The light freckled on the white beadboard ceiling where it bounced into the dining room of Le Talisman—a Seine river barge kept at Dassault Aviation’s headquarters in Saint-Cloud, Paris, France—last Thursday, April 27. How could I see that light for myself—and sit around the table with new friends from the storied business jet and defense manufacturer—except for the transatlantic connection provided by aviation?
Yes, in theory, you could untie the very boat we were in and float out to the mouth of the Seine at Le Havre, and you could make your way across an oft-feisty ocean at sea level—but why on Earth would you do that when you could slide onto the flight deck of Dassault’s new Falcon 6X and make the jaunt in comfort and class at Flight Level 430 in less than 7 hours?
While the court of public opinion at times gives the microphone to voices calling for the end of flying, we know within our ranks that we hold the solution to sustainable flying—and the way to get there is to fly forward, not slam us to a collective stop with full reversers.
There are problems to solve with sustainable aviation fuel (SAF), for one, but Dassault is already using a 40-percent blend in its operations at Paris Le Bourget (LFPB) and Bordeaux-Merignac (LFBD). The wide-body 6X and even grander 10X sit poised to debut with SAF fully tested—perhaps up to a 100 percent level by the time the 10X gains certification as projected in 2025. And it’s just one OEM out of a chorus of them moving along the same lines.
Éric Trappier, president and CEO of Dassault Aviation, dropped by our lunch that day to talk about the indications ahead in finance and supply chain following the release of Boeing’s Q1 results, along with his own assessments. A softening of the market seems at hand—but after the heady surge of 2022, a “normalization” seems prudent.
While protests in Paris, London, and Amsterdam have captured recent headlines stateside, we witnessed none of the furor firsthand on this trip. Instead I felt an uneasy calm as we work to figure out how to tell our story in a way that resonates with those who need to hear the reassurance that we can keep flying, keep innovating, keep aspiring.
Across the river from Dassault lies the Bois de Boulogne—Paris’ great green space—and the Parc de Bagatelle, a garden that covers the spot where Santos-Dumont first flew his No. 14-bis in September 1906. Just a block away, Louis Bléirot’s factory once stood, and the vintage sign from that roof announces to passersby the history entrenched in the scene.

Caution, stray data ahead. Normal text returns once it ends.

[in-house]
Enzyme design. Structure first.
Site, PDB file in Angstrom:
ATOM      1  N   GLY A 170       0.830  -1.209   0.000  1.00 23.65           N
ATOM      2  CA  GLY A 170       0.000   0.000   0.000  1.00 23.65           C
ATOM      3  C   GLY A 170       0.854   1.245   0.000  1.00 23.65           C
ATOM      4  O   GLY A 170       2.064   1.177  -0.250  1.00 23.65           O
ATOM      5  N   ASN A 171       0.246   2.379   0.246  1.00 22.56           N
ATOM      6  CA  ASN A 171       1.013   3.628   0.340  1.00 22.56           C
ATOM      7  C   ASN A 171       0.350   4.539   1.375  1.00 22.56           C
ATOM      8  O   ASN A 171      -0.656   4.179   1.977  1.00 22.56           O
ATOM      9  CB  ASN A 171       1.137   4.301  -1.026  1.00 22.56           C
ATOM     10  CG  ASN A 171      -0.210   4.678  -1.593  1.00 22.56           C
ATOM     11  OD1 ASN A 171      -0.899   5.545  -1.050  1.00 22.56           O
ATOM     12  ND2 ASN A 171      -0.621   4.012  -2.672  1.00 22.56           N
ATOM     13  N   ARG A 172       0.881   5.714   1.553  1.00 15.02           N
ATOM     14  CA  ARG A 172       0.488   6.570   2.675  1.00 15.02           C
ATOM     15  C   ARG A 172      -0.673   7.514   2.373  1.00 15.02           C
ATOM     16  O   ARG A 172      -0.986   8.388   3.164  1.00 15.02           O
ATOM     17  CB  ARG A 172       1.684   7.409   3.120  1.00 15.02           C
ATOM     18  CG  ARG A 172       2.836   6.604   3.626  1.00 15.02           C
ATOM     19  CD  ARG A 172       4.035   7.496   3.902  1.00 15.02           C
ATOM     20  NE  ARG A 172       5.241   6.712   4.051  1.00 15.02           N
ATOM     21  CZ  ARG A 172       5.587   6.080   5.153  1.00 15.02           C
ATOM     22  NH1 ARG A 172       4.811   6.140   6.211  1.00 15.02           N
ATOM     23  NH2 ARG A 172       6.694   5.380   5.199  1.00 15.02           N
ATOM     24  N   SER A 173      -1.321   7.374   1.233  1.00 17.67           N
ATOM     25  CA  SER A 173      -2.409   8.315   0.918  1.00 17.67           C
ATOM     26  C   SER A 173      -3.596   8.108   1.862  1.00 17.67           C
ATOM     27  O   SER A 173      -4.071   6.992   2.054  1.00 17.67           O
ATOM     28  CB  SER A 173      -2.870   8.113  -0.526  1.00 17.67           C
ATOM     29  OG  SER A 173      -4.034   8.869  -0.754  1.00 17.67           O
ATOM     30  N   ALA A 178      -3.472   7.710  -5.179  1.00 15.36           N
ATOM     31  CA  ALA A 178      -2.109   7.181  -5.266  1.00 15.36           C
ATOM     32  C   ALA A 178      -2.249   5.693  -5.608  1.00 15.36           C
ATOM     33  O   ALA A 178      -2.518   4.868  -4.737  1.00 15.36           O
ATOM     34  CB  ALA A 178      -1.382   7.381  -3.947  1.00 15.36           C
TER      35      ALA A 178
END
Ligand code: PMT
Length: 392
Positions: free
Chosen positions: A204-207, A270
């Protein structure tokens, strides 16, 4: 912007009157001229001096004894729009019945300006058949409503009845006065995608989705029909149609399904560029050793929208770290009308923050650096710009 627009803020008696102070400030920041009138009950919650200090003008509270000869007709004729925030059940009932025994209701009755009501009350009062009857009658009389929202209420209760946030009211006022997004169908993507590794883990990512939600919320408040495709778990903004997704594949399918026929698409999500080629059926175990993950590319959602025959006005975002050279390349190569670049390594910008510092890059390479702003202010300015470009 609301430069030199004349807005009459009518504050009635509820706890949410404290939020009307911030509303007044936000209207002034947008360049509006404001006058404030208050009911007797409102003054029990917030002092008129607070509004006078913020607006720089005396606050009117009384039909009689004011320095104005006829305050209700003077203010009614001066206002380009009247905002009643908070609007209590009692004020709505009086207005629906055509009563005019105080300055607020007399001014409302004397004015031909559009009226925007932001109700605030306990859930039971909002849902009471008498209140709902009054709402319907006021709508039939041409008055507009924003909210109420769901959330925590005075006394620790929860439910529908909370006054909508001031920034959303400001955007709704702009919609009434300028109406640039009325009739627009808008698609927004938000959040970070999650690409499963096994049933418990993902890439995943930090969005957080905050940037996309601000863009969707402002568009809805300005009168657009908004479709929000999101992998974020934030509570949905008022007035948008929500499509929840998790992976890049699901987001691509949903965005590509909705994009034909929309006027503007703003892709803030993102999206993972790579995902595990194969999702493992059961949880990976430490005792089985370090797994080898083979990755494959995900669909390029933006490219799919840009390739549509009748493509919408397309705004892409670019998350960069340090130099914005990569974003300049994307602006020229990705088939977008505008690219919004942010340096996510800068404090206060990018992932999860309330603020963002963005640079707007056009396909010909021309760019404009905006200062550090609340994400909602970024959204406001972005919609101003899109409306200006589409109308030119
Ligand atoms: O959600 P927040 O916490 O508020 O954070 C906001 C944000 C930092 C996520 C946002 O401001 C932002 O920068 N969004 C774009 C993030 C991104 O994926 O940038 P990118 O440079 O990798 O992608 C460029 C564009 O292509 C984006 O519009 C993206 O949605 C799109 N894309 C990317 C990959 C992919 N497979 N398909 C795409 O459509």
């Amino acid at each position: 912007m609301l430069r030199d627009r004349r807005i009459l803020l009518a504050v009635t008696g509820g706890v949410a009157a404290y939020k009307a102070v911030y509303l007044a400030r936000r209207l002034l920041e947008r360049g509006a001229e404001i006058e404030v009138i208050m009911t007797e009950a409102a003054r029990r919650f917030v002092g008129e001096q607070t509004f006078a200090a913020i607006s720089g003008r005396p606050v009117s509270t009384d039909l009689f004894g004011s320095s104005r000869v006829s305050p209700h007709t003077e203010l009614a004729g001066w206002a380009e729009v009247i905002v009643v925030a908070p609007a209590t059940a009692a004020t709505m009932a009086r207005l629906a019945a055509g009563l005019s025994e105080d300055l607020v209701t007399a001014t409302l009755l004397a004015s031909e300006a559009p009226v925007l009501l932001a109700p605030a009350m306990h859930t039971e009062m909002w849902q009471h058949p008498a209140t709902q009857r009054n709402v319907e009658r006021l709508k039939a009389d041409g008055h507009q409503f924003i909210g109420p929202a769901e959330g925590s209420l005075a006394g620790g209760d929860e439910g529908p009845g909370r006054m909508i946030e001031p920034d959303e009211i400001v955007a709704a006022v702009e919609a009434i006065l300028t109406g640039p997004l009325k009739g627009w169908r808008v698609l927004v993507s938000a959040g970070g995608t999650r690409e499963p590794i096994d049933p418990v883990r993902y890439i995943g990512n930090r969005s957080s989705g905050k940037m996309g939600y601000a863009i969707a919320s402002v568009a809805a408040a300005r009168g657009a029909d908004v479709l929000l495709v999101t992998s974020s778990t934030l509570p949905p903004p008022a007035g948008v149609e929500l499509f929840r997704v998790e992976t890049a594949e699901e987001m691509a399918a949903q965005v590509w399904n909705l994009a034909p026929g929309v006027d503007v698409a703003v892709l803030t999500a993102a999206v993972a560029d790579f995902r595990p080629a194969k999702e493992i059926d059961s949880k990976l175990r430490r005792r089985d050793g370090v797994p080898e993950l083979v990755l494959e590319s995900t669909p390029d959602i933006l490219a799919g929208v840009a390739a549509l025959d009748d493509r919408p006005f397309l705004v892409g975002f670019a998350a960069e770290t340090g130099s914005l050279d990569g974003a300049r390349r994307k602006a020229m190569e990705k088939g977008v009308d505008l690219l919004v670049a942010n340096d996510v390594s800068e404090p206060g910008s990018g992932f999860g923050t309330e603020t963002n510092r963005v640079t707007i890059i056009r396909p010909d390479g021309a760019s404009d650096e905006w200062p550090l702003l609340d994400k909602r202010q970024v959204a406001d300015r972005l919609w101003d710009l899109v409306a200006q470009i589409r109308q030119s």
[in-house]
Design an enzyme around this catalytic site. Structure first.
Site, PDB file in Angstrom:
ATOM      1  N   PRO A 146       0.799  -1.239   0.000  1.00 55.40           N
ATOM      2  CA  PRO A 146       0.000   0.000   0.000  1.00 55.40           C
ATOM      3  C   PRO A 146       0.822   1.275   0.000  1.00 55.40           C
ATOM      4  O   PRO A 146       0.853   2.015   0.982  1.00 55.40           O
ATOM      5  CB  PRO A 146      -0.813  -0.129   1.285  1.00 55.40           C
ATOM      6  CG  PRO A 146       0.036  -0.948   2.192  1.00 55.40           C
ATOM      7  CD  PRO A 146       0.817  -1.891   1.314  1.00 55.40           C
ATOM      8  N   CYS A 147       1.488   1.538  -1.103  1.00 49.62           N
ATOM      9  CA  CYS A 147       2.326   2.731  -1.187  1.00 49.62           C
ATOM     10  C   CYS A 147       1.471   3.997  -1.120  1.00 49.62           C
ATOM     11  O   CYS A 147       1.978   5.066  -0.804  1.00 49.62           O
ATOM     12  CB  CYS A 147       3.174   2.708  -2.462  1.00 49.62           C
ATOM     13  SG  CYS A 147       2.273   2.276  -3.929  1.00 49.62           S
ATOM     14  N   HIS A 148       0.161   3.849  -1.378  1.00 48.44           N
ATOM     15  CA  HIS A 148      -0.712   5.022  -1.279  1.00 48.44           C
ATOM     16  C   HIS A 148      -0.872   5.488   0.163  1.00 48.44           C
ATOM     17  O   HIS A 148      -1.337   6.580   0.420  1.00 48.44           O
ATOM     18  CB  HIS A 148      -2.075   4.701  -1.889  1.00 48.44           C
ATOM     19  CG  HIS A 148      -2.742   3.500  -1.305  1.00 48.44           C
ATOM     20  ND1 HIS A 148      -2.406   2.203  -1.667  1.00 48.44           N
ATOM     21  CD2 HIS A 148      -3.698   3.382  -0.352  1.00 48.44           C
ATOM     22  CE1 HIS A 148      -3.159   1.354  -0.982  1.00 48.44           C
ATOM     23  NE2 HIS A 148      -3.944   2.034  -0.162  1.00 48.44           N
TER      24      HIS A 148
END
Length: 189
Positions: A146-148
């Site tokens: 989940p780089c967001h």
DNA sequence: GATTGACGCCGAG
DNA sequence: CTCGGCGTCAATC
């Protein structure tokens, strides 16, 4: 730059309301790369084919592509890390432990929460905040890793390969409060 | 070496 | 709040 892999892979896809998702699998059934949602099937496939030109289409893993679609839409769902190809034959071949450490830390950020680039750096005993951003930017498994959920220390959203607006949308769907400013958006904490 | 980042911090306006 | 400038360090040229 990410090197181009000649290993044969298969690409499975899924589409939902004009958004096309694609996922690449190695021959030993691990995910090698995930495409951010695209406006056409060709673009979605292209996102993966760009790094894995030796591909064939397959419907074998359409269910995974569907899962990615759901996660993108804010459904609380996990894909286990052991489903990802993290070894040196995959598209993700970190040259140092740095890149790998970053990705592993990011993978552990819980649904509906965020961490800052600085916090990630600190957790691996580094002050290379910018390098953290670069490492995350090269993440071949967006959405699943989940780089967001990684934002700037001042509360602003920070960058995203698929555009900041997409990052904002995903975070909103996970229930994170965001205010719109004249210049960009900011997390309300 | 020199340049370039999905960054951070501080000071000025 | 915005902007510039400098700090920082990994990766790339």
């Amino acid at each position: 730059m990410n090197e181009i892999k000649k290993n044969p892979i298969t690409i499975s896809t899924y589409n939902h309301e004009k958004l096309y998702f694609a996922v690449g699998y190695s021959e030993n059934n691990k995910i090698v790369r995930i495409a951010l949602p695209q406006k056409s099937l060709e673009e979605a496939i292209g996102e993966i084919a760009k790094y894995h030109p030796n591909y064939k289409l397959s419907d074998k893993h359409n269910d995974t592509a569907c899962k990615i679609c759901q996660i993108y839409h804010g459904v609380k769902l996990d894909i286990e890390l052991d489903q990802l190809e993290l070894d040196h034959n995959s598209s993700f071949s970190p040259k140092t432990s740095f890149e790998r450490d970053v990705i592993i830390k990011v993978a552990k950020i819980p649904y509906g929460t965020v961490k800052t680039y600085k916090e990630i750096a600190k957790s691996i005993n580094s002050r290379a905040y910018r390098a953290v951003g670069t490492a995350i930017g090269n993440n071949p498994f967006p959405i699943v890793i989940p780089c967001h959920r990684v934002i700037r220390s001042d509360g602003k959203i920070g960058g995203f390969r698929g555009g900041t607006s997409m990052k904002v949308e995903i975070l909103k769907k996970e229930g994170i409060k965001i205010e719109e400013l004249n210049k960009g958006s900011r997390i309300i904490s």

Great aeronautical design still sparks to life here, with the site of the current Dassault Group buildings over a former engine factory. The lightweight-for-the-class Falcon series preserves performance while making tracks across the sky in a more efficient way than its competitors—and utilizes shorter runways closer to the passengers’ intended destination, saving fuel and time.
And isn’t time our most precious commodity?
The lightness of being is the Dassault raison d’être, in their tack towards not only efficiency but runway performance. Combined with higher wing loading than others in the class, they promise a better ride through the bumps—and a nimbleness derived from the Rafale fighter’s heritage.
You can read Fred George’s We Fly report on the Falcon 6X in the May 2023/Issue 937 print edition of FLYING that’s about to land in your mailbox if you subscribe. George took an exclusive first flight in the graceful, master stroke of the class—and he shares his expertise in the business aviation arena with FLYING’s readers for the first time after returning to us as a contributor.
Because there’s nothing like being there—and stepping into the left seat to do it.